The return of Bison to the Southern Carpathians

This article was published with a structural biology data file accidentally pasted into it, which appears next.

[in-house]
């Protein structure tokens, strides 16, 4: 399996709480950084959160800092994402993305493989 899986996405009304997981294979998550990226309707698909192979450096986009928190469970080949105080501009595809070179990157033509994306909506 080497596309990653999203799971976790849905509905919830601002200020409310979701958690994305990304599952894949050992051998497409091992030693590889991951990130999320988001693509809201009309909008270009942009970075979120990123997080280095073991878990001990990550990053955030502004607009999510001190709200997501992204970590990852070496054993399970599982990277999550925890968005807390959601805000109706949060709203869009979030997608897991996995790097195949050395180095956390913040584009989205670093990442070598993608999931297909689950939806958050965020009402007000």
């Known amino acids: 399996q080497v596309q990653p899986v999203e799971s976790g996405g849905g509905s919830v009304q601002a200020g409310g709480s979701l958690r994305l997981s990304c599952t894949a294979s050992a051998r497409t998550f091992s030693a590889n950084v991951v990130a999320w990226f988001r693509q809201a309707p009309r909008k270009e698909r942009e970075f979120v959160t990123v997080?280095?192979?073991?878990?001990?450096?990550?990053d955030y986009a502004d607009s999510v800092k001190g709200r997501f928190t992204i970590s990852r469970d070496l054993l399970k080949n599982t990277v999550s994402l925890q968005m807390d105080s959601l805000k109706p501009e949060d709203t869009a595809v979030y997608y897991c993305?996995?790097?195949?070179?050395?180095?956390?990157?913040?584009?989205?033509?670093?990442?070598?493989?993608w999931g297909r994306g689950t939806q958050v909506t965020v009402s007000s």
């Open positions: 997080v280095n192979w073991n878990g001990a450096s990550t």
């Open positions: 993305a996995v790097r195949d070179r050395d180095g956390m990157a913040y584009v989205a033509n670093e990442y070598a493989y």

In the early 20th Century, European Bison, teetered on the edge of complete extinction with just 54 animals remaining. Over the course of the next 90 years, a captive breeding programme saw bison return to the wild in Poland and Belarus; the population now stands at over 5000. This is a great achievement but the European bison is one of Europe's great missing species across much of its range. In Romania, the last bison was shot in 1790. The LIFE ReBison Project was developed to return this iconic species back to Romania - to once more have European bison roaming the forests and meadows of the Romanian mountains.The western part of the Southern Carpathians - the Natura 2000 sites of Muntii Tarcu and Rusca Montana Tarcu Retazat Corridor - were identified as the best place to reintroduce this keystone species. Here, the mountains are relatively unfragmented and rich in old growth forest and upland meadow – they are also home to brown bear, wolves and wild boar amongst much other wildlife. This is some of the wildest land in Europe but its keystone grazier is missing. Could the return of the bison to this spectacular landscape be possible? Rewilding Europe and WWF-Romania have formed a partnership to turn the dream of Romanian bison into a reality. By working with partners across Europe - the team developed plans for its reintroduction. Complex discussions and adminstrative permitting arrangements stretched the limit of Romanian law. Importantly, the team understood the need for education and enterprise development tied to the reintroduction of the bison so that these animals would be accepted. Finally, in 2014 the first bison were released - the goal of bring bison back to Romania was realised. The project has released 7-20 animals each year and the population stands at nearly 100 bison today. Bison are back.

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